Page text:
Why You Should Care That the 10-Year Treasury Yield Just Reached 3%
The 10-year Treasury yield, a benchmark used to price everything from mortgages to federal student loans, rose to 3% for the first time in four years on Tuesday in part due to fears of rising inflation and expectations of more Fed interest rate hikes this year.
It may be just a number—but it’s a number that is heavily watched. If sustained or pushed higher, it could lead to higher mortgage and business loan interest rates. It could also lead to reduced spending—pushing stocks lower, and forcing investors to rejigger their portfolios after years of ultra-low rates.
Case and point: Partly due to the yields reaching 3% and weaker corporate earnings on Tuesday, the Dow Industrial Average shed 400 points to 24,024 by the market’s close. That drop puts the market 7.5% lower than its peak in January following several days of declines.
“It’s definitely a psychological level we haven’t seen in a while,” says Charlie Ripley, senior investment strategist at Allianz Investment Management. “We haven’t seen 3% since 2014—and even then it was just briefly before we slid into all time lows.”
Adding to the number “3”‘s psychological importance: Famed investors have also pointed to a 3% rate as a turning point. “Bond King” Jeff Gundlach has warned that should the 10-year yield surpass 3%—which it has yet to do—stocks could close lower at the end of 2018. Guggenheim Partners chief investment officer Scott Minerd, meanwhile, warns that rate in excess of 3% signals a bear in the bond market.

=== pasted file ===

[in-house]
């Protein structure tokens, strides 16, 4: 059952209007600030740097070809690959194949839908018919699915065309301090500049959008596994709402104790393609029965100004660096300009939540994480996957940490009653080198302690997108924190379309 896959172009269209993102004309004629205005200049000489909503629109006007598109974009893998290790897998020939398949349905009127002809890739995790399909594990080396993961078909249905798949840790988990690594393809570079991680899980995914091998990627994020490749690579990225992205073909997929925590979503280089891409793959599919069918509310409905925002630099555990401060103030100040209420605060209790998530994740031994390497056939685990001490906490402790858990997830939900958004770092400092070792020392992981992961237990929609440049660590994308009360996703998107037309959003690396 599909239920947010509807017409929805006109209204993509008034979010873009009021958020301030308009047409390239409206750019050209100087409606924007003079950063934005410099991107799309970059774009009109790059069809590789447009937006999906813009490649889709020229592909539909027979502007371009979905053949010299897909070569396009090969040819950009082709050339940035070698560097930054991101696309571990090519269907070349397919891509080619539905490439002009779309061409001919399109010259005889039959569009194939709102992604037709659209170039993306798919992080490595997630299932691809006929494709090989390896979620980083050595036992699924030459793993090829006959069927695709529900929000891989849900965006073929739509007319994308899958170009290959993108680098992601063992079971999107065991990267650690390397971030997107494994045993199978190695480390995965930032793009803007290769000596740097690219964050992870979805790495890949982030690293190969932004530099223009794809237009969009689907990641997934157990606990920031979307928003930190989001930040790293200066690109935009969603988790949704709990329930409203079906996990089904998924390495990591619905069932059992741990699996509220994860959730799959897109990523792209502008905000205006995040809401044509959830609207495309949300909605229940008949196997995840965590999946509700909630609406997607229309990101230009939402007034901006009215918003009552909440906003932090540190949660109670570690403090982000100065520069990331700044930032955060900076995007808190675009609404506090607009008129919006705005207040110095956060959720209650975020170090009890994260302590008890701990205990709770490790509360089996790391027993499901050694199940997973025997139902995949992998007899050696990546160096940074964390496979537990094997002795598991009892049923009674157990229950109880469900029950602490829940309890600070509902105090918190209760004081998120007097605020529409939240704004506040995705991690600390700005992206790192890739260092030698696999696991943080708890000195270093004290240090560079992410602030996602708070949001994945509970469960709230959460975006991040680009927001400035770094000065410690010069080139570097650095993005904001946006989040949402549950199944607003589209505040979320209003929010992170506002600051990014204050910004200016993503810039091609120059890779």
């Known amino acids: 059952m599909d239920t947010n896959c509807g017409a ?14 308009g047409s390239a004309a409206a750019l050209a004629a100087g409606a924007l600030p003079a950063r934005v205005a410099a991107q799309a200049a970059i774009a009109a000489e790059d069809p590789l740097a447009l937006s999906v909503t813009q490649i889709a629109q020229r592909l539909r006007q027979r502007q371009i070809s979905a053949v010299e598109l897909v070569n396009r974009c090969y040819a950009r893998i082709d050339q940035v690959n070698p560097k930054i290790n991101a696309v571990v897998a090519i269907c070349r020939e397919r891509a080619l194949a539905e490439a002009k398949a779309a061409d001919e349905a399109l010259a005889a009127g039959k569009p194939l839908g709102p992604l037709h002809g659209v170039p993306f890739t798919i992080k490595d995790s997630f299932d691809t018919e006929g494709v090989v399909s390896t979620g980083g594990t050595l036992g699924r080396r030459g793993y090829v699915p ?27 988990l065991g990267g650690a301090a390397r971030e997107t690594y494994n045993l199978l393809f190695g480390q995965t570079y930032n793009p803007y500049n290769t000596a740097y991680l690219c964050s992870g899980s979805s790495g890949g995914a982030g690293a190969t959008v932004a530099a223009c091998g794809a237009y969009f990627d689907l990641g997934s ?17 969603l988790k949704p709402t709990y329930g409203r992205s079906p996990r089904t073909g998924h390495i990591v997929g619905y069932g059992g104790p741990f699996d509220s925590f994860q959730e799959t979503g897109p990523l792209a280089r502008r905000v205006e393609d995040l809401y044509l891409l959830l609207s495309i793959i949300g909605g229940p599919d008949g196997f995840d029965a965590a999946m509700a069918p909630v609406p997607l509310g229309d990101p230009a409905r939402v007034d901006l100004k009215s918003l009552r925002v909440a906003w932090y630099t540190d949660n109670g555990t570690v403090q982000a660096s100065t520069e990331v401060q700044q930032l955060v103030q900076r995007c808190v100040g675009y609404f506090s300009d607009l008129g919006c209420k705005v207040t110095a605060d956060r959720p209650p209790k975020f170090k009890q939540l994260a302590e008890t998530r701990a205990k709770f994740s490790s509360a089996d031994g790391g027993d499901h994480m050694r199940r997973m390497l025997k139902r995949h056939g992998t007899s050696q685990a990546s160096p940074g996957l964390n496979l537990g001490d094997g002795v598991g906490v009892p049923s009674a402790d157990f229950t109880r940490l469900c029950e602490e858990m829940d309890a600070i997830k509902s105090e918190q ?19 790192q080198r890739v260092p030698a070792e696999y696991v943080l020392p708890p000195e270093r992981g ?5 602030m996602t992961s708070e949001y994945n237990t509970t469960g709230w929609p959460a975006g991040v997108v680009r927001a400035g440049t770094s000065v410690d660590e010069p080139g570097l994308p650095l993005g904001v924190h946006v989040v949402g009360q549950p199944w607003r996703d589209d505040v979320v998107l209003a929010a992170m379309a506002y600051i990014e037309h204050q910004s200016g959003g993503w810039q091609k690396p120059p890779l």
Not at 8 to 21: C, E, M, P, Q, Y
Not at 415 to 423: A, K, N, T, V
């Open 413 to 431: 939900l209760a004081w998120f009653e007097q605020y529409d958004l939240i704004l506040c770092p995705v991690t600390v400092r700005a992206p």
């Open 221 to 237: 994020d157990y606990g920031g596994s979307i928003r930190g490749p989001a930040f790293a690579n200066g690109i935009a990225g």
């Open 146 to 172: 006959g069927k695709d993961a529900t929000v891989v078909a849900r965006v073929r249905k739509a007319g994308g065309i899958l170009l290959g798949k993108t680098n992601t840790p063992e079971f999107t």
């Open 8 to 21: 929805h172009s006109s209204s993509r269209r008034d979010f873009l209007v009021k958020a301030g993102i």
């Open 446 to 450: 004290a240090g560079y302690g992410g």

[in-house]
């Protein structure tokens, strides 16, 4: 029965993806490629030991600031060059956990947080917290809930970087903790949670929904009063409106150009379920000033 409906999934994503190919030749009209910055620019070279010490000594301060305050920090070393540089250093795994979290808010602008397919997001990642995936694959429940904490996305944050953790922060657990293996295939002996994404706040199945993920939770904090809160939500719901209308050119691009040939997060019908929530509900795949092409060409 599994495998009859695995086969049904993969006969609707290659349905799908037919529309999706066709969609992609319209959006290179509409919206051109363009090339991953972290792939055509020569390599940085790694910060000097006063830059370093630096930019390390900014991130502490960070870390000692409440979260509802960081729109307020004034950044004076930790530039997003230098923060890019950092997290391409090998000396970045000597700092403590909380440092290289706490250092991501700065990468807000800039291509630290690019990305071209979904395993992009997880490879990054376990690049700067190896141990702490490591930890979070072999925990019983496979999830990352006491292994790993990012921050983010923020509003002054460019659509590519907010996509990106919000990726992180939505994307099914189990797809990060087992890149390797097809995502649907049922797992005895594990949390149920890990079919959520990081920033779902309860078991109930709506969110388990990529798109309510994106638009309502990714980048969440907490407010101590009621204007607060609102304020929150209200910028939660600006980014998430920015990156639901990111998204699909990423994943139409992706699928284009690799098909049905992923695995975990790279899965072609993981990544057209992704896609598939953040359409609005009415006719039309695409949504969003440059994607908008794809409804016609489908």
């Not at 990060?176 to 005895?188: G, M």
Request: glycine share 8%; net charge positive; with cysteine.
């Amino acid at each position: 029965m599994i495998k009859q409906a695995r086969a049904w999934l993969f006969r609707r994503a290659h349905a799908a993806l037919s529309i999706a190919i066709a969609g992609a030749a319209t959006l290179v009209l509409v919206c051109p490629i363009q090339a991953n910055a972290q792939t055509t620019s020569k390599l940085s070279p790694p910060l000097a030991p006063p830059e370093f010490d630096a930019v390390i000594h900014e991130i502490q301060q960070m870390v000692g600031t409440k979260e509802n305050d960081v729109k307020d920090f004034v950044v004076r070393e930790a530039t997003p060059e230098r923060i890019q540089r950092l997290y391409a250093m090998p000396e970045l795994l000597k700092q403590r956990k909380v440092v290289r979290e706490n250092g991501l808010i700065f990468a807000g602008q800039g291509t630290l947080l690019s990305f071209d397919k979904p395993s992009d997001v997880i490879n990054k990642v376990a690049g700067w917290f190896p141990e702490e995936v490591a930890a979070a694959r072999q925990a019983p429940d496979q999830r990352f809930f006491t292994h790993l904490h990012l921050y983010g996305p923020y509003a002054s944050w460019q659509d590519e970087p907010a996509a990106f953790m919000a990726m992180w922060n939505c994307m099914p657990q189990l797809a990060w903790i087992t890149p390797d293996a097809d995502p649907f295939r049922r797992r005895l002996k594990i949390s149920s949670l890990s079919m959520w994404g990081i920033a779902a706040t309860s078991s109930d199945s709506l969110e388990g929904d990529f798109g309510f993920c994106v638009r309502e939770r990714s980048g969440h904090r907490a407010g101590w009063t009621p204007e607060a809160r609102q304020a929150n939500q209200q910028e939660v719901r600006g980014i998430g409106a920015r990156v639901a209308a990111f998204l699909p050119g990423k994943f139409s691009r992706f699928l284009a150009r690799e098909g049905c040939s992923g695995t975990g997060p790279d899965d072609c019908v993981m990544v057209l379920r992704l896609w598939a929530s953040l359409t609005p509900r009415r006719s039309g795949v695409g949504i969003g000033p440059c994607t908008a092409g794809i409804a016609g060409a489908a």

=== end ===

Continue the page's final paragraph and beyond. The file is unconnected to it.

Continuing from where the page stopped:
Still, bond yields reaching 3% aren’t exactly coming out of nowhere. The Federal Reserve has pointed to raising inflation since the start of the year, while companies including Kimberly-Clark and Whirlpool warned earlier Tuesday of the same trend. It’s hard to think that investors haven’t, to some extent, prepared for higher yields, wrote Ed Yardeni of Yardeni Research.
So it remains to be seen if the effects of the 10-year note reaching 3% on the stock market will be long lasting.
“I think you may see some short term reactions in equity markets,” said PNC Financial Services Group co-chief investment strategist Jeff Mills. “There’s no hard and fast rule that rising rates have to be hard for stocks. The stock market may be just fine.”
The real worry underlying these rising yields, says Mills, is a fear about whether the Fed will raise rates too quickly—helping push treasuries further above 3%.
“There’s definitely potential for a sustained [drop in stocks] if rates run too far too fast, and the Fed tightens too quickly—that could slow down the economy,” Mills said.
What’s also causing some investors worry: A closing spread between the yield of long-term and short-term notes. When the yield on the two-year note exceeds that of the 10-year, it often signals a recession. While the 10-year yield is at about 3% Tuesday, the yield on the two-year note is now at about 2.47%—a difference of roughly 0.5 percentage points. But at the start of the year, that difference was further apart, about 0.6 percentage points.
However, a recession doesn’t look likely, says Greg Valliere of Horizon Investments.
“As the Fed gradually tightens, it will take rates significantly higher than current levels to derail economic growth or the stock market, in our opinion. A recession isn’t remotely imminent, not with the unemployment rate headed below 4%,” he wrote in a note Tuesday.